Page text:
Cognisant of the critical importance of ensuring that the treatment is delivered with consistency and expertise, he developed a rigorous 80-hour curriculum, an A to Z of this treatment, which was presented to the committee along with the application.
In mid 2009, the committee entrusted with setting the rules for usership convened in Chicago which included Salem, Brian F Stainken, 2009–2010 president of the Society of Interventional Radiology, Matthew A Mauro, American Board of Radiology trustee and Gary J Becker, executive director of the American Board of Radiology. The proposed rules changes were discussed and a proposal submitted for review suggested that mastery of catheterisation and embolization were central to effective and safe delivery of this isotope.
When combined with existing training in radiation physics and radiation safety, recently trained board certified interventional radiologists could apply for Y90 authorised user status. As a result of these efforts, the changes were published in early February 2011. “This represents a great opportunity, but is also a significant responsibility. Authorised users are responsible for the safe dose calculation and delivery of this potent isotope, as well as the clinical management of patients. “We believe that it is our responsibility to ensure that involved with Y90 should be offered the opportunity to learn ‘from the ground up’ about arterial brachytherapy,” said the participants from the course.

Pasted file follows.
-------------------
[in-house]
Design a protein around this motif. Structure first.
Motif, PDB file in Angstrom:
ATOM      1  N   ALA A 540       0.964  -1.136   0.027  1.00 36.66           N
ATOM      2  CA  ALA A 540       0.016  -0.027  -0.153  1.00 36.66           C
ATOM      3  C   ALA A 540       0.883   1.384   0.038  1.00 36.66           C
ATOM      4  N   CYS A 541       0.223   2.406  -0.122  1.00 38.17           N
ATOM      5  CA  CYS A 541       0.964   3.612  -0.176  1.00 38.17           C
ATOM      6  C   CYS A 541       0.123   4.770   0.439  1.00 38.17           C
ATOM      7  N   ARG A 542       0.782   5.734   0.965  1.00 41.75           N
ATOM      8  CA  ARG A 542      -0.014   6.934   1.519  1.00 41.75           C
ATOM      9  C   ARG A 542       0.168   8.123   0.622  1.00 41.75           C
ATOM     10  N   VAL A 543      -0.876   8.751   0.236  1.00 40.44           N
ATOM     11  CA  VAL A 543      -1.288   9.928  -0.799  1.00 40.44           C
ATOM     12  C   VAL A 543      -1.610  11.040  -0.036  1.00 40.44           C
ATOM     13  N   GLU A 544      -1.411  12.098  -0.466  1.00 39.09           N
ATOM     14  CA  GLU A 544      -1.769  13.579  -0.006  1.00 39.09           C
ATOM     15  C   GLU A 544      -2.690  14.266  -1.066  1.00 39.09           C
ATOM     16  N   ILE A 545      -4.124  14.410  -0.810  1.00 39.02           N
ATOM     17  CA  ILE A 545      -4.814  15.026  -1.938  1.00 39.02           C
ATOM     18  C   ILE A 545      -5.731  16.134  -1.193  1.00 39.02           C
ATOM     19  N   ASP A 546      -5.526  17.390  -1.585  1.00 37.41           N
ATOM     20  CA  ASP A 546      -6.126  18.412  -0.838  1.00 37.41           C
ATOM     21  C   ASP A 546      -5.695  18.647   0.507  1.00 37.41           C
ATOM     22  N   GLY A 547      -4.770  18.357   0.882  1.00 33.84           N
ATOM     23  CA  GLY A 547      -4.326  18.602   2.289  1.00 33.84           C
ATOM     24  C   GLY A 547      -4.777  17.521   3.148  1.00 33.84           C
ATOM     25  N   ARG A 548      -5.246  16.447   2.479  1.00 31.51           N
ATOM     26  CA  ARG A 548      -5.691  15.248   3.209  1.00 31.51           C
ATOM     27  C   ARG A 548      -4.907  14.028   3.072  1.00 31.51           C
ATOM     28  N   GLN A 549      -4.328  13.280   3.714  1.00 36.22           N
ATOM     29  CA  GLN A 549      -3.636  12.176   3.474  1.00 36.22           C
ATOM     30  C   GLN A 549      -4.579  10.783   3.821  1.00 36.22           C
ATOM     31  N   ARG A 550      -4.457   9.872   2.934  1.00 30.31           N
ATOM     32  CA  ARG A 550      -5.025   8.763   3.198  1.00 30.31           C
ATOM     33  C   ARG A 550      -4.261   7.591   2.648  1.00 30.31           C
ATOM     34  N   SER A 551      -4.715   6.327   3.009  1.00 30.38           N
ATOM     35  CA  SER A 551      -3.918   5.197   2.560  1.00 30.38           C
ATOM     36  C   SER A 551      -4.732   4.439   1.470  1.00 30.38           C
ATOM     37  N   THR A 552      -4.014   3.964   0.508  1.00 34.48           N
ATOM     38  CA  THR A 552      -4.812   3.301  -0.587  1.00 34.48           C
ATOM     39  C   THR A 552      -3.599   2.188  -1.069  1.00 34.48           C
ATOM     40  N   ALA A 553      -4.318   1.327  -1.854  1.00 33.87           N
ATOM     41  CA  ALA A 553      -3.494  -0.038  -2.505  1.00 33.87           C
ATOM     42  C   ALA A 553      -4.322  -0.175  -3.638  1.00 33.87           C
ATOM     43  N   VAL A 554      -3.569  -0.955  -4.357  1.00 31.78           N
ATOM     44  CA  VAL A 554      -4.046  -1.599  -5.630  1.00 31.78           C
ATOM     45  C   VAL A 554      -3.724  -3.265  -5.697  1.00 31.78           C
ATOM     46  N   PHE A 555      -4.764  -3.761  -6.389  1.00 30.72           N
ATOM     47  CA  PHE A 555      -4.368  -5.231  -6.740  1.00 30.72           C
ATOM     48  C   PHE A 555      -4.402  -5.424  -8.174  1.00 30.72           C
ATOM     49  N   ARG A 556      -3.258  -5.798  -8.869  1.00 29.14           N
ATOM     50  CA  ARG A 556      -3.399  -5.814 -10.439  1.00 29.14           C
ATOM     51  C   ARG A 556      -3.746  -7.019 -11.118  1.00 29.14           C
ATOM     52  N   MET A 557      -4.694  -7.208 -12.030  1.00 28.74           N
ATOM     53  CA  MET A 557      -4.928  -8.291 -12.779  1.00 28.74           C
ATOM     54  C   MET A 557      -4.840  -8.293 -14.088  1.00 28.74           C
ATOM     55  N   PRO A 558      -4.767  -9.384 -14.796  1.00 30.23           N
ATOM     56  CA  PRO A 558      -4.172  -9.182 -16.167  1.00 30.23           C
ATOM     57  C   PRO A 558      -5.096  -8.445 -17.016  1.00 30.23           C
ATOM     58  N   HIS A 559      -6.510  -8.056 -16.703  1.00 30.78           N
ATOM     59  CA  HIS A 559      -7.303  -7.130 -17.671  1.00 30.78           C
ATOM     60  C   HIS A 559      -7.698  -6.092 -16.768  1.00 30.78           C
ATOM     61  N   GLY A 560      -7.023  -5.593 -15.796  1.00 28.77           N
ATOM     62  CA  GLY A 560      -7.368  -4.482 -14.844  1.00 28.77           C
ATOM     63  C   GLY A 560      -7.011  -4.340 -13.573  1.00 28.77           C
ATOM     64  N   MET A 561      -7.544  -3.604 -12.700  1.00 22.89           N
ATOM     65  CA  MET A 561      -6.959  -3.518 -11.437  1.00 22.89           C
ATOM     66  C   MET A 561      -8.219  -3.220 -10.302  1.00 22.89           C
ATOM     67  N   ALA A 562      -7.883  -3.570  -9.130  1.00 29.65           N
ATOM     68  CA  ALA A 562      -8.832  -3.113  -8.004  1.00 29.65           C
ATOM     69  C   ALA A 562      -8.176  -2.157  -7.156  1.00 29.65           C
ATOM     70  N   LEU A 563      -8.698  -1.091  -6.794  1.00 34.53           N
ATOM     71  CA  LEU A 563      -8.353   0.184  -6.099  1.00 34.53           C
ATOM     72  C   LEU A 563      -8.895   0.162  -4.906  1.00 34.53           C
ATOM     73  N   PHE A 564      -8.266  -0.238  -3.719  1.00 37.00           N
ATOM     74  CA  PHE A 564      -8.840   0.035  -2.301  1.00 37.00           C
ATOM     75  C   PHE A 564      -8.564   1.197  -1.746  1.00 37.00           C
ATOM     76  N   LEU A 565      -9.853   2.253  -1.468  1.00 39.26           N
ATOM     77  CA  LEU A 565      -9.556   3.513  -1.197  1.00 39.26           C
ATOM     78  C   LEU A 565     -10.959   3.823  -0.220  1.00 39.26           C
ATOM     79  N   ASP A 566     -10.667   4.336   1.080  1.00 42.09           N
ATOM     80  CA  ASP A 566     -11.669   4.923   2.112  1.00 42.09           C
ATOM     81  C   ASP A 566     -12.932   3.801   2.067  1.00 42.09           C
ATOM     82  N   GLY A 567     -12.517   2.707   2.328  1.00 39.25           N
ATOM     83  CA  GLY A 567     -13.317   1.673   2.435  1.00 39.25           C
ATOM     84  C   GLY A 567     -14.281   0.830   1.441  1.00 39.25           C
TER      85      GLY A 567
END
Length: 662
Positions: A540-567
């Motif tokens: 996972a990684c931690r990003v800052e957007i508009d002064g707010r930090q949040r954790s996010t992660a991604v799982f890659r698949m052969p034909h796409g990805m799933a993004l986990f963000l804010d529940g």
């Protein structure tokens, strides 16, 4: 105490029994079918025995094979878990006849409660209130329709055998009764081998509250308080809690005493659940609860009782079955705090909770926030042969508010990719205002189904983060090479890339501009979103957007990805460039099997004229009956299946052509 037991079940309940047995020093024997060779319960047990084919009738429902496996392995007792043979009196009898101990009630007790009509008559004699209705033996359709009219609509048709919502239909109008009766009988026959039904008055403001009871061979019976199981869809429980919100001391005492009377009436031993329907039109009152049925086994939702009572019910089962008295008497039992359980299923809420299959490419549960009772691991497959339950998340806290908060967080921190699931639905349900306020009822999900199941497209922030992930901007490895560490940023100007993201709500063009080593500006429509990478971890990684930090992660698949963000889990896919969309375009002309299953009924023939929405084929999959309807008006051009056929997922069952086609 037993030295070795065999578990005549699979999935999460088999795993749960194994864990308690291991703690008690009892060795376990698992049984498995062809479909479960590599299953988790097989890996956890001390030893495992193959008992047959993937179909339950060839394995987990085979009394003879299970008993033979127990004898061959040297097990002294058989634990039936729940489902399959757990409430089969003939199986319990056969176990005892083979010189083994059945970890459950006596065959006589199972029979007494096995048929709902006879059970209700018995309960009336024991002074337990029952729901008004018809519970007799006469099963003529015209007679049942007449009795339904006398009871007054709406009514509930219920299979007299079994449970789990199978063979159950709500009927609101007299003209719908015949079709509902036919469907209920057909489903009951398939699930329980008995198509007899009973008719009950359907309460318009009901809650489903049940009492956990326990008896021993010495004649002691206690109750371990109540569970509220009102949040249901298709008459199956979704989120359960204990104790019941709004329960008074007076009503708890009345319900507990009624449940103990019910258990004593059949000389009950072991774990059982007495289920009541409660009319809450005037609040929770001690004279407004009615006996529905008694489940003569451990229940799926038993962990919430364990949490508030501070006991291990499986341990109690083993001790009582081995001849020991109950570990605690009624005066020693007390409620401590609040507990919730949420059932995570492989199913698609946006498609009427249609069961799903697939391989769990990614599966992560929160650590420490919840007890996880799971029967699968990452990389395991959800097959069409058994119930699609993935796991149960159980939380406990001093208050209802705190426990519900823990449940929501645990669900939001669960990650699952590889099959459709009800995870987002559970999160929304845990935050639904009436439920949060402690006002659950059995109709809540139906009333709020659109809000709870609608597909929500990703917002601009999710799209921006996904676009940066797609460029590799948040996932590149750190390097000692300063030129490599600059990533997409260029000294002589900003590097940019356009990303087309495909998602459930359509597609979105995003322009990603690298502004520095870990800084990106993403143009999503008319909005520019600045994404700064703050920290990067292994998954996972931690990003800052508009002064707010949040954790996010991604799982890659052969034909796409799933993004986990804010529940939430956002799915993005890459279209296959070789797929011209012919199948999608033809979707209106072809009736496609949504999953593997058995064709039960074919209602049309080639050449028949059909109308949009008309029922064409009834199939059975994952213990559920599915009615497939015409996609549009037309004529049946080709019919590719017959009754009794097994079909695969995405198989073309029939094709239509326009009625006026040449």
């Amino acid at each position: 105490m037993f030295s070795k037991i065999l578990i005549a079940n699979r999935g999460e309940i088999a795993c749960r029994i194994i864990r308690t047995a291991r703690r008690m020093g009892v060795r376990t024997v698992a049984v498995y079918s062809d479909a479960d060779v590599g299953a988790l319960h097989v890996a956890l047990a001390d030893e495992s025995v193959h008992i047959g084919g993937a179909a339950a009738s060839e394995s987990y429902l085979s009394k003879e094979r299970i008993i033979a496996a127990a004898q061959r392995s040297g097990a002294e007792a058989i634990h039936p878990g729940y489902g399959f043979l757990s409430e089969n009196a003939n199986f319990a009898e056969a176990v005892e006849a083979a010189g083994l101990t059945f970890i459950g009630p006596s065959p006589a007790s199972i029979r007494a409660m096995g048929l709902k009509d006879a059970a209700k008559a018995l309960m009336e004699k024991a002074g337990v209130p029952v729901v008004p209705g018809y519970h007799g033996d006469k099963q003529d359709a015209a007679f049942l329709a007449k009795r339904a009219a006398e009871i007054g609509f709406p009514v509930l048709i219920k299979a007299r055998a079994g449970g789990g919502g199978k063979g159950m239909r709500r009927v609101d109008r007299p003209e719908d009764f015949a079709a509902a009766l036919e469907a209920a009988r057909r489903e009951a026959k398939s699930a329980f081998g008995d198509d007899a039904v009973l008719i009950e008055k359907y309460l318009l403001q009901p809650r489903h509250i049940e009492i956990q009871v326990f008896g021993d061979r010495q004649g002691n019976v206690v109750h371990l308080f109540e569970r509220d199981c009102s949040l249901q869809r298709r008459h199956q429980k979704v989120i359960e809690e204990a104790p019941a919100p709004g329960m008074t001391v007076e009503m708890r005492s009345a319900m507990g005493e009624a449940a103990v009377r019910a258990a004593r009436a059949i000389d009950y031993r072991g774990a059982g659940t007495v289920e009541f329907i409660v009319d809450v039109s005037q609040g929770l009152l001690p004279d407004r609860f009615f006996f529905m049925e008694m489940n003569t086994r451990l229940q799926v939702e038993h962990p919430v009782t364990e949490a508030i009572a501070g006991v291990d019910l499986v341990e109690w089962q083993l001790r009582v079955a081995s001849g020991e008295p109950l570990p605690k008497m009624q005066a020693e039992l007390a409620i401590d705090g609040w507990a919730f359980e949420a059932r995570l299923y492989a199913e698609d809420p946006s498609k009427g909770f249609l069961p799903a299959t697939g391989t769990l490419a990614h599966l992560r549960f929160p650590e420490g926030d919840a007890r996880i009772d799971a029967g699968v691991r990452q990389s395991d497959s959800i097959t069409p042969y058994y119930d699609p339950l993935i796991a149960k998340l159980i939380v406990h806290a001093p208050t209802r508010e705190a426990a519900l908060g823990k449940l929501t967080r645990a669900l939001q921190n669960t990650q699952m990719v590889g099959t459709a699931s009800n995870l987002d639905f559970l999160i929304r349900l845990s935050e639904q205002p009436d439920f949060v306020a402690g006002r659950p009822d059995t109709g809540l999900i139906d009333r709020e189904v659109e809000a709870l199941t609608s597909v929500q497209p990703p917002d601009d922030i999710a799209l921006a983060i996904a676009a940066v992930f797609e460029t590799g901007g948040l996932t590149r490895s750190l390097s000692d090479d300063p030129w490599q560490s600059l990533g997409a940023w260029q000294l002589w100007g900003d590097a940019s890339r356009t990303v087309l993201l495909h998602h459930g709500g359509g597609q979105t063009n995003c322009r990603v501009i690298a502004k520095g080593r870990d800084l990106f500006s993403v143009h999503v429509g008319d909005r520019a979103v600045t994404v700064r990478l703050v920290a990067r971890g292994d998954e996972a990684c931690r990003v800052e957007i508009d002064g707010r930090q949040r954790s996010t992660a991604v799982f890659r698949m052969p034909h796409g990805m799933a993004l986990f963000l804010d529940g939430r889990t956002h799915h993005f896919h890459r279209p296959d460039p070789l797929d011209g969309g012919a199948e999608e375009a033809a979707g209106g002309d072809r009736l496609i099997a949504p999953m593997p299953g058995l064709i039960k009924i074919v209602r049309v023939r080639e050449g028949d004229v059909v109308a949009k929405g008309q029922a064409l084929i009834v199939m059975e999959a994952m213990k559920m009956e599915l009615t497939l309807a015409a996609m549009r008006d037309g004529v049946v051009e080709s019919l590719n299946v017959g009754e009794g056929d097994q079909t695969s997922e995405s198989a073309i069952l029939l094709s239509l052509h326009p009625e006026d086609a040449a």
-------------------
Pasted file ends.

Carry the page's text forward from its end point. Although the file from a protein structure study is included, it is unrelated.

Hence, with the support of key industry leaders, Salem and Stainken joined with Matthew S Johnson, professor of Radiology and Surgery and director of Interventional Oncology, Indiana University School of Medicine to organise this 3.5-day course held 10–13 February. Those who pass the exam will be awarded a certificate from SIR attesting to their accomplishment. This combined with board certification, experience and completion of device specific mentoring as needed, represents a very high standard for competency and proficiency which should suffice to justify endorsement as an authorised user which means that many more interventional radiologists will be offering the treatment and beginning at a much higher level of expertise.
Trends from the meeting
The meeting demonstrated the need to view patients within the entire medical realm, the importance of understanding where Y90 fits into the therapeutic algorithm; understanding the importance of evaluation of a person’s complete medical history and condition as it relates to prognosis following therapy, especially following Y90.
- Some challenges that need to be overcome
- Standardisation of evaluation/technique
- Ensuring the highest level of competence throughout the entire community
- Demystifying radioembolization and its component parts
- Garnering support from the medical oncologic community
- Keeping up with interventional radiologists leading the development of this therapy
An article entitled “Research reporting standards for radioembolization of hepatic malignancies” was published in the March 2011 issue of the Journal of Vascular and Interventional Radiology.